Maybe you’ve heard before that popping your ears is damaging to your ears. On the other hand, popping your ears can also make your ears feel better during pressure changes, like when a plane starts its descent.
So, what’s the final verdict? Is popping your ears bad for you?
Well, first, let’s talk about what happens when you pop your ears:
A long, thin tube called the Eustachian tube connects the back of your nose and the middle ear (the space behind your eardrum). When you pop your ears, you are actually pushing air from your nose, up your Eustachian tube and behind your eardrums. This is why when air pressure suddenly changes for example in an airplane, popping your ears can help with that muffled feeling because it equalizes the pressure on both sides of the eardrum.
With this knowledge, there are two big reasons you may have heard that it’s bad to pop your ears.
One, because the Eustachian tube is connected to the nose, it is also in the presence of all the liquids and bacteria that exist inside your nose. While normally this isn’t a problem, popping your ears when you’re sick can push not only air, but also spit, snot and other unwanted liquids into your middle ear, increasing the risk of an ear infection.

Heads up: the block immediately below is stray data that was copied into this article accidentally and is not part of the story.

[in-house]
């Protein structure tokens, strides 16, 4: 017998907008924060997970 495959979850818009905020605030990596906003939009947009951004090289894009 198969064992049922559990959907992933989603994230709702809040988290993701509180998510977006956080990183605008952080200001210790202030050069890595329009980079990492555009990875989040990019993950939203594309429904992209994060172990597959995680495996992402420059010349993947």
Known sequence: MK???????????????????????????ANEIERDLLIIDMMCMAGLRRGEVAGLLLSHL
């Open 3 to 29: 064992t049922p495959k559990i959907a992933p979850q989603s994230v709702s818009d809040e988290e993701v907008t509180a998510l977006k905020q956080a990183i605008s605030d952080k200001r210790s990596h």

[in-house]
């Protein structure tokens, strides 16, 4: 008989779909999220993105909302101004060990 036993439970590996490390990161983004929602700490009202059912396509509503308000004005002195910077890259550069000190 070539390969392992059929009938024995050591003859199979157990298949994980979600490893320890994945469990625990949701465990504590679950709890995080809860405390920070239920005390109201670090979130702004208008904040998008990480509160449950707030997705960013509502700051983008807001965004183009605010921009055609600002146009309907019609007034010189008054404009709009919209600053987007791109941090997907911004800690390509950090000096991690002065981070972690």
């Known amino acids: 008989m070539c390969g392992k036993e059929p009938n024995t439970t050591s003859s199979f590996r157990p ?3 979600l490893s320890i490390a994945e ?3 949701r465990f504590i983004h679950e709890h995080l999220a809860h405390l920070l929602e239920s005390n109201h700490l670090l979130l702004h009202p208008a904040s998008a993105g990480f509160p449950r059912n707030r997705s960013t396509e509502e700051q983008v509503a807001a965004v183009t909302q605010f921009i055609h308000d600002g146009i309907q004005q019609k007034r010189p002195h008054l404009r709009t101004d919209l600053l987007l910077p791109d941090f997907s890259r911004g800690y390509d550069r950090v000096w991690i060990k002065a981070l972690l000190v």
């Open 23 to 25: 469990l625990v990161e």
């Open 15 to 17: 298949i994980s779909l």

Second, holding your nose and blowing out is the best way to pop your ears but if you aren’t careful, you can blow out your eardrums. This is especially a concern for people with damaged or weakened eardrums.
Conclusion? Popping your ears is not good or bad for you. Like much else in life, it can be done in moderation.
Popping your ears can open up your Eustachian tubes, but even if you don’t pop them, your Eustachian tubes will also open naturally. In fact, they should open 6-10 times every minute!
The only time you will ever need to forcibly open your Eustachian tubes occurs when they are blocked or won’t open. If this happens, you should consult a doctor about the next steps to take. This may include trying to pop your ears or inserting tubes into the eardrum.
If you are having trouble with your ears, give us a call at Arizona Hearing Center at 602-307-9919 so we can schedule a hearing test for you.